Island Cask Aged Gin

To nose, there is a strong, peaty hit. It’s mellow in the context of a “peaty whisky”, but far removed from gin. There is a drier mouthfeel and a faint saline quality to taste. In the context of whisky this would be a fairly mellow spirit, but for gin it’s smokiness is quite brutal, overwhelming – but not dominating – the gin. The lime and star anise hold steady in the glass, fighting through the smoke to stake a gin claim on the overall flavour, and when mixed with a little water the juniper pushes through. The peat, however, gives an overarching medicinal quality to the dink.

Islay Cask Aged Gin

Peat positively jumps up the nostrils here, wrestling your senses away from juniper and only onto smoke. This is an amber coloured liquid, too, so it’s both whisky to look at and to smell. There is a mineralic quality to taste, and a slight citrus hint. In our opinion, the cask completely overwhelms the gin and those peaty, medicinal qualities are prevalent. It would work well in a gin twist on a whisky cocktail however, like the Penicillin.

We’d serve all on the rocks, but if you’d prefer to go long - top up with soda and garnish with a dehydrated lime.

All five drinks are interesting in their own right and truly exciting examples of what can be done with a little bit of a gin and a little bit of imagination. Whisky fans would be enamoured with the complexity the gin lends to the Island and Islay gins, whereas gin fans would appreciate the flavours lent to gin by the wood in the Lowland. The Highland is a great example of both spirit styles fitting together as comfortably as the last piece in a jigsaw, and is without doubt the one we’d advise seeking out should you get the chance. As a set, it makes for a fascinating glimpse into how gin and barrels interact together, and how certain elements of oak, smoke and sweetness affect the overall perception in the glass, even when the liquid going into maturation is identical.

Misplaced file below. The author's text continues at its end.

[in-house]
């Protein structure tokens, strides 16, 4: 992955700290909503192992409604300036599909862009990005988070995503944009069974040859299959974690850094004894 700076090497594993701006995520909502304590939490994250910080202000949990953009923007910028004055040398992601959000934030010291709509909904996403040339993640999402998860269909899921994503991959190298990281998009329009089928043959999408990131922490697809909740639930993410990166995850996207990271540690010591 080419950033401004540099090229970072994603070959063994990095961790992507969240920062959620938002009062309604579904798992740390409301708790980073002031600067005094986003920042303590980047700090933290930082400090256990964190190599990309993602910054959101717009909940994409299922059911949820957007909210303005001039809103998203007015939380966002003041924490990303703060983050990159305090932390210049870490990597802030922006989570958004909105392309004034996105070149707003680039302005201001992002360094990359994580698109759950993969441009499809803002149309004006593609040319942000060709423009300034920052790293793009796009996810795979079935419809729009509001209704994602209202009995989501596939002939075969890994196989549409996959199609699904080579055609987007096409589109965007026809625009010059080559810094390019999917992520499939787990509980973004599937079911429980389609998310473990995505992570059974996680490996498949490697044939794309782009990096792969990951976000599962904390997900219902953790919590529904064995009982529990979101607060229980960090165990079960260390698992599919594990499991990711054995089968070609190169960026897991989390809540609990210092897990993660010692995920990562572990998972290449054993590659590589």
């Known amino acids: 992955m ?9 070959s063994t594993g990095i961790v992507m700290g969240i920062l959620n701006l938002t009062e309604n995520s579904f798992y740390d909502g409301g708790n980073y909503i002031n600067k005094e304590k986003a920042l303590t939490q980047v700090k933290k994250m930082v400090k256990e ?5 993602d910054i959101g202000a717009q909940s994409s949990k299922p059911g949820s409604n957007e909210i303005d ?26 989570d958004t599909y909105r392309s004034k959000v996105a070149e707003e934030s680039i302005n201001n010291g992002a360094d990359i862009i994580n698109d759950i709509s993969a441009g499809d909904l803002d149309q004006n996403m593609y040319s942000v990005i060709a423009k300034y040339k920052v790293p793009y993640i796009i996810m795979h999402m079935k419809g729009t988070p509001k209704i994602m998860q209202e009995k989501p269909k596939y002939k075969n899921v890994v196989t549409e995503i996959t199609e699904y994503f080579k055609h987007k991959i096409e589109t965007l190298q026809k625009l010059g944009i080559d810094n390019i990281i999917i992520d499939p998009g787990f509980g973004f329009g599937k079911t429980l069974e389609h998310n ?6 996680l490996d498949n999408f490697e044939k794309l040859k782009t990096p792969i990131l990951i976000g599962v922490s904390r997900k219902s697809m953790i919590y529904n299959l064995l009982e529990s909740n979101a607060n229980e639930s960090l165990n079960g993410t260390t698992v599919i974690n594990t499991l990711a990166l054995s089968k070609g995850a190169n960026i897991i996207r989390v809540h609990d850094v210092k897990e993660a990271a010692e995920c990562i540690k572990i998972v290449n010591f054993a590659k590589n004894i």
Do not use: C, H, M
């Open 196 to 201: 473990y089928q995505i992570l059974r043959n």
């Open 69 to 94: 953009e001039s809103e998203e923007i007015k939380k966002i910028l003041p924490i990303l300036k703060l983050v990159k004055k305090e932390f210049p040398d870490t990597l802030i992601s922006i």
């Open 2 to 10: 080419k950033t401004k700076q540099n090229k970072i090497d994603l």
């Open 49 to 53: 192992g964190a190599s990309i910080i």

The quintuple release also marks a confident step for the ever expanding distillery and ties in nicely with Pickering’s continued accent to becoming the dominant name in the new wave of small batch Scottish distillers. With barrel aged releases becoming more and more frequent - we applaud them for taking a risk and venturing into the unknown.

For more information about the distillery and where to buy the limited edition Cask Aged releases:


They are also on Twitter: @PickeringsGin